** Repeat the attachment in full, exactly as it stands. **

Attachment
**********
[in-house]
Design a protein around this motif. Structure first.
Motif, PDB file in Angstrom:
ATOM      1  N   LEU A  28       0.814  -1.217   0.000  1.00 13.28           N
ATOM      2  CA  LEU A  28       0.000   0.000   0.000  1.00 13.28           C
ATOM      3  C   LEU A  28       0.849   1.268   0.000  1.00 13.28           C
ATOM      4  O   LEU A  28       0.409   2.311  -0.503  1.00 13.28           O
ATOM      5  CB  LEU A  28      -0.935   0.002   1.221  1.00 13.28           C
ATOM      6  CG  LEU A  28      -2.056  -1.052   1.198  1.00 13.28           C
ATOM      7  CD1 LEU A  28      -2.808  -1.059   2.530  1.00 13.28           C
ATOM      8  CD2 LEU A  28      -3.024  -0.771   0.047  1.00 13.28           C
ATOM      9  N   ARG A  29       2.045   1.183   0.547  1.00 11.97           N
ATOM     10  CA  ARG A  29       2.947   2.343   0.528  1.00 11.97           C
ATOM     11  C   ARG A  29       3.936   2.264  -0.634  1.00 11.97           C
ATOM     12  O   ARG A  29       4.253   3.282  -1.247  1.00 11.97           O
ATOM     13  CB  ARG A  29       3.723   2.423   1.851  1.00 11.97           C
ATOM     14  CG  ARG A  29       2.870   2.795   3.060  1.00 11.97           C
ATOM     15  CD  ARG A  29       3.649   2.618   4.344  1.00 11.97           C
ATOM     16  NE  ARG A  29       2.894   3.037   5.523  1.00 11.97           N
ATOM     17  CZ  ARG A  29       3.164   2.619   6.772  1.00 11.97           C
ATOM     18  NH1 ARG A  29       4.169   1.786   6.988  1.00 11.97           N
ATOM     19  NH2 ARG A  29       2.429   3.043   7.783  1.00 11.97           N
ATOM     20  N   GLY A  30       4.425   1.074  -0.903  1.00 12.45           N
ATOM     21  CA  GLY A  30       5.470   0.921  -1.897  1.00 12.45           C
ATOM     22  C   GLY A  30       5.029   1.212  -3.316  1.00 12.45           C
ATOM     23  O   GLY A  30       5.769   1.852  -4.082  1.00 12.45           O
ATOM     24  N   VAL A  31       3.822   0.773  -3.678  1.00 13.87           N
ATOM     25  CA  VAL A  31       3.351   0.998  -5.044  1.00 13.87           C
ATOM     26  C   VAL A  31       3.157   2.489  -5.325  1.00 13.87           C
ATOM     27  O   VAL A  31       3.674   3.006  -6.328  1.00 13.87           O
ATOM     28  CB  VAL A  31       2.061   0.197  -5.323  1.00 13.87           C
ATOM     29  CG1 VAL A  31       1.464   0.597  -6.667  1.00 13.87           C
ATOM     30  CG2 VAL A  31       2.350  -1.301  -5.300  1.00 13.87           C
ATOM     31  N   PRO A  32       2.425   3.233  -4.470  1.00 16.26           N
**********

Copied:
[in-house]
Design a protein around this motif. Structure first.
Motif, PDB file in Angstrom:
ATOM      1  N   LEU A  28       0.814  -1.217   0.000  1.00 13.28           N
ATOM      2  CA  LEU A  28       0.000   0.000   0.000  1.00 13.28           C
ATOM      3  C   LEU A  28       0.849   1.268   0.000  1.00 13.28           C
ATOM      4  O   LEU A  28       0.409   2.311  -0.503  1.00 13.28           O
ATOM      5  CB  LEU A  28      -0.935   0.002   1.221  1.00 13.28           C
ATOM      6  CG  LEU A  28      -2.056  -1.052   1.198  1.00 13.28           C
ATOM      7  CD1 LEU A  28      -2.808  -1.059   2.530  1.00 13.28           C
ATOM      8  CD2 LEU A  28      -3.024  -0.771   0.047  1.00 13.28           C
ATOM      9  N   ARG A  29       2.045   1.183   0.547  1.00 11.97           N
ATOM     10  CA  ARG A  29       2.947   2.343   0.528  1.00 11.97           C
ATOM     11  C   ARG A  29       3.936   2.264  -0.634  1.00 11.97           C
ATOM     12  O   ARG A  29       4.253   3.282  -1.247  1.00 11.97           O
ATOM     13  CB  ARG A  29       3.723   2.423   1.851  1.00 11.97           C
ATOM     14  CG  ARG A  29       2.870   2.795   3.060  1.00 11.97           C
ATOM     15  CD  ARG A  29       3.649   2.618   4.344  1.00 11.97           C
ATOM     16  NE  ARG A  29       2.894   3.037   5.523  1.00 11.97           N
ATOM     17  CZ  ARG A  29       3.164   2.619   6.772  1.00 11.97           C
ATOM     18  NH1 ARG A  29       4.169   1.786   6.988  1.00 11.97           N
ATOM     19  NH2 ARG A  29       2.429   3.043   7.783  1.00 11.97           N
ATOM     20  N   GLY A  30       4.425   1.074  -0.903  1.00 12.45           N
ATOM     21  CA  GLY A  30       5.470   0.921  -1.897  1.00 12.45           C
ATOM     22  C   GLY A  30       5.029   1.212  -3.316  1.00 12.45           C
ATOM     23  O   GLY A  30       5.769   1.852  -4.082  1.00 12.45           O
ATOM     24  N   VAL A  31       3.822   0.773  -3.678  1.00 13.87           N
ATOM     25  CA  VAL A  31       3.351   0.998  -5.044  1.00 13.87           C
ATOM     26  C   VAL A  31       3.157   2.489  -5.325  1.00 13.87           C
ATOM     27  O   VAL A  31       3.674   3.006  -6.328  1.00 13.87           O
ATOM     28  CB  VAL A  31       2.061   0.197  -5.323  1.00 13.87           C
ATOM     29  CG1 VAL A  31       1.464   0.597  -6.667  1.00 13.87           C
ATOM     30  CG2 VAL A  31       2.350  -1.301  -5.300  1.00 13.87           C
ATOM     31  N   PRO A  32       2.425   3.233  -4.470  1.00 16.26           N